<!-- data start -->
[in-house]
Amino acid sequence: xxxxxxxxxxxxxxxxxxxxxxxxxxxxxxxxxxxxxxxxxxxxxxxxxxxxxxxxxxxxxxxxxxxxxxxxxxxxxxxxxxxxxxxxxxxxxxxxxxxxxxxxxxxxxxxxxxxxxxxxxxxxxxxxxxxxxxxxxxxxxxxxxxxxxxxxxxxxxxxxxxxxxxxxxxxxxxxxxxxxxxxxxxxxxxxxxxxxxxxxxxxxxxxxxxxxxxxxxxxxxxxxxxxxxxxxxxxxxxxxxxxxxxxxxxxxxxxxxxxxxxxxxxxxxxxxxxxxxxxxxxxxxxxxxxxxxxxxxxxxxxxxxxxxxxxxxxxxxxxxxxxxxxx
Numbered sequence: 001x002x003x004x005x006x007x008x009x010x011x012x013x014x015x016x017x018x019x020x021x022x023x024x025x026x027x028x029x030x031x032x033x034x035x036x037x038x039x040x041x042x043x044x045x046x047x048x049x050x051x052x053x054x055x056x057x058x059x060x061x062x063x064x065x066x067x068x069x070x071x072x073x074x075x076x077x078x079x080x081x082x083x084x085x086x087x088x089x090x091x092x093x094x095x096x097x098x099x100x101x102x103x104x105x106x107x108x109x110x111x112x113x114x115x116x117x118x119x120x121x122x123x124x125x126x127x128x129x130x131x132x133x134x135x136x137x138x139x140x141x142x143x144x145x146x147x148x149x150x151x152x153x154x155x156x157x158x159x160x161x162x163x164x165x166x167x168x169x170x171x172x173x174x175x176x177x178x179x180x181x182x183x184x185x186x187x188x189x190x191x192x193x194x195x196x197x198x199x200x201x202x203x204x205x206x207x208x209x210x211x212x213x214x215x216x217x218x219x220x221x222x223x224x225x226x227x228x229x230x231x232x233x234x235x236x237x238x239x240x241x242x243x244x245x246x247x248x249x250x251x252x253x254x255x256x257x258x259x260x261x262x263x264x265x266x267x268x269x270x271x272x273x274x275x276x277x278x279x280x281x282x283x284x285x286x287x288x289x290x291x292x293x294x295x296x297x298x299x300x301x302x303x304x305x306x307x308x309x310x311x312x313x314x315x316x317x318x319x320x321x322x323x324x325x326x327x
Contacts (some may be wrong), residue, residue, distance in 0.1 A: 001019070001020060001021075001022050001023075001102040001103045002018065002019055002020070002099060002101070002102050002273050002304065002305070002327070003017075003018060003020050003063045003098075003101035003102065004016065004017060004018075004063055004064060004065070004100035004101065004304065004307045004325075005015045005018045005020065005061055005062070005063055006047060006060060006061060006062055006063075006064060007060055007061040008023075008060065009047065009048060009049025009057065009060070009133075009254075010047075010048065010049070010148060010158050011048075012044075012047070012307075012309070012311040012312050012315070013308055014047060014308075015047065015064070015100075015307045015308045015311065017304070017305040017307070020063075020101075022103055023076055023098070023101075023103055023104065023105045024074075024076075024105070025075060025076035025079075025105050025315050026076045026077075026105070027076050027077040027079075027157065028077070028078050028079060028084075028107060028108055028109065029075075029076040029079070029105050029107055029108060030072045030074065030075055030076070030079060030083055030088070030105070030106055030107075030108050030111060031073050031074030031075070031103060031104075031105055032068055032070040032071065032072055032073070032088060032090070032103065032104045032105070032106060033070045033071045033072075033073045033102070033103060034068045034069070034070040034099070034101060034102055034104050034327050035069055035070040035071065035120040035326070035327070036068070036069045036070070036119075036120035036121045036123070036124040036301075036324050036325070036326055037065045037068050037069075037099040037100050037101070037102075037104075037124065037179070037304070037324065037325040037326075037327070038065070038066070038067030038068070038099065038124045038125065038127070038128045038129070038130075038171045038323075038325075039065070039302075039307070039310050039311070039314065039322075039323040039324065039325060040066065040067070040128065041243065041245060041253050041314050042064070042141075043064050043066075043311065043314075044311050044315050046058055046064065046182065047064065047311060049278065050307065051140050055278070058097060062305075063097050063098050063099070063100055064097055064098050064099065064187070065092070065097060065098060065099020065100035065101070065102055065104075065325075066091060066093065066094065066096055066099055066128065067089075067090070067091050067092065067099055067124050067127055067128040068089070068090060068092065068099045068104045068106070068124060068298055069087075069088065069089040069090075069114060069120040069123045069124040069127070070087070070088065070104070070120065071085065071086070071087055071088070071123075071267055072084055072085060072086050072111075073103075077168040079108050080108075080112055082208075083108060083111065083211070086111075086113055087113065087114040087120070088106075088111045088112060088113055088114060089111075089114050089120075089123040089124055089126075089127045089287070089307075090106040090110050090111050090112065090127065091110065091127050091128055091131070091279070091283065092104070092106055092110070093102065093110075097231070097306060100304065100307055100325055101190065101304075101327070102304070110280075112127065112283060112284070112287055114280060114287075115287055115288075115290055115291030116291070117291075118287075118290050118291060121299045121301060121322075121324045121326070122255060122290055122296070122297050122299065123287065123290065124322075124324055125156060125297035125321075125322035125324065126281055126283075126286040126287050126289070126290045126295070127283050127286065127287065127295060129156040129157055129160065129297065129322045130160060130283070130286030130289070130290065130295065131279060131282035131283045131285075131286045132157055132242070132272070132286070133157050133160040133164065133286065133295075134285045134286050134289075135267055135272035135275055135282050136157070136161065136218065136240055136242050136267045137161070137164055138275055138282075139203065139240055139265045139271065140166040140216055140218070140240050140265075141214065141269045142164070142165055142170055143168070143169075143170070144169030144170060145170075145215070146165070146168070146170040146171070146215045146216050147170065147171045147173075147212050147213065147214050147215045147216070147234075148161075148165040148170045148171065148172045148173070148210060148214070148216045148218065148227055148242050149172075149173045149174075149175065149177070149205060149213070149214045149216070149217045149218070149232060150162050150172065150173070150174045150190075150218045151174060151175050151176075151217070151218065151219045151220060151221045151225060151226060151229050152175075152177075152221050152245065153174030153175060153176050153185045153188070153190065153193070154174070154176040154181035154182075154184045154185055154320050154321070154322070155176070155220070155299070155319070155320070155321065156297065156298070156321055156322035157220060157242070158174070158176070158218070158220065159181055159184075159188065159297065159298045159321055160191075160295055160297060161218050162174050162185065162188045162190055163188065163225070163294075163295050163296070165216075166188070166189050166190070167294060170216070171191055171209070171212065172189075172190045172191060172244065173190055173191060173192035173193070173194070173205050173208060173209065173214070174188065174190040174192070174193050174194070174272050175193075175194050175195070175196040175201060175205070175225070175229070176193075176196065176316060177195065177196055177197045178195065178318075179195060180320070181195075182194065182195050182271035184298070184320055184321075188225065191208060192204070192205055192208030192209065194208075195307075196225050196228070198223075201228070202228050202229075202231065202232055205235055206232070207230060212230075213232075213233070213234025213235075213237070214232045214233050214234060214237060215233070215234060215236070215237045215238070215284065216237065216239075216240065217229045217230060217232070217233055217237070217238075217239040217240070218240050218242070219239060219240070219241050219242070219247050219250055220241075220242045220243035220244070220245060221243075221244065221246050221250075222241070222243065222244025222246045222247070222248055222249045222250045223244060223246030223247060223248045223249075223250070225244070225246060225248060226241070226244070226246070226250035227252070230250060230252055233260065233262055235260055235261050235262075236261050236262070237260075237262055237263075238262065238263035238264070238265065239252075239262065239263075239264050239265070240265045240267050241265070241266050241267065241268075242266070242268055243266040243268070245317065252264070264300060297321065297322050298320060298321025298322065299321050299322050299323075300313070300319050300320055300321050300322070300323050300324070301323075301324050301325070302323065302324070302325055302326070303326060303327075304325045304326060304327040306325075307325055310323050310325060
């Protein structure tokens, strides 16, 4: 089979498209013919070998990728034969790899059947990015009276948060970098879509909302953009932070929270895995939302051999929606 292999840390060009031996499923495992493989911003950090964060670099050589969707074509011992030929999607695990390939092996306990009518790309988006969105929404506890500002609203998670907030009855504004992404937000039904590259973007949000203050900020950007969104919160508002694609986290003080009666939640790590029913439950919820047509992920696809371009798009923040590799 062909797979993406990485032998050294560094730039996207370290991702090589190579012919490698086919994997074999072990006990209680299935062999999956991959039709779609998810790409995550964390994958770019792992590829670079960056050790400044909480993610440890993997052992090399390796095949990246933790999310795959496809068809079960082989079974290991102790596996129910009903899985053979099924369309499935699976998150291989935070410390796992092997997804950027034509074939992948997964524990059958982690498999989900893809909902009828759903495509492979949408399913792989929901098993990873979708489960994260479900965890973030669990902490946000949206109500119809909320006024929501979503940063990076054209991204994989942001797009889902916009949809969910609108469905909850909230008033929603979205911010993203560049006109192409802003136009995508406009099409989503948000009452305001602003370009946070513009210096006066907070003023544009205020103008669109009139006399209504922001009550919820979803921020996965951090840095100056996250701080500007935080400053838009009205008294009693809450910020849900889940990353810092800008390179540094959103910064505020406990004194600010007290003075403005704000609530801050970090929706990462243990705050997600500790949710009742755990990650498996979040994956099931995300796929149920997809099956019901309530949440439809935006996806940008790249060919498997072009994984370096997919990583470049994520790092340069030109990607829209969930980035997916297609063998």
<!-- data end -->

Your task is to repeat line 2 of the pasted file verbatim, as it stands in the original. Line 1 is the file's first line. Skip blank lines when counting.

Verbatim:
Amino acid sequence: xxxxxxxxxxxxxxxxxxxxxxxxxxxxxxxxxxxxxxxxxxxxxxxxxxxxxxxxxxxxxxxxxxxxxxxxxxxxxxxxxxxxxxxxxxxxxxxxxxxxxxxxxxxxxxxxxxxxxxxxxxxxxxxxxxxxxxxxxxxxxxxxxxxxxxxxxxxxxxxxxxxxxxxxxxxxxxxxxxxxxxxxxxxxxxxxxxxxxxxxxxxxxxxxxxxxxxxxxxxxxxxxxxxxxxxxxxxxxxxxxxxxxxxxxxxxxxxxxxxxxxxxxxxxxxxxxxxxxxxxxxxxxxxxxxxxxxxxxxxxxxxxxxxxxxxxxxxxxxxxxxxxxxx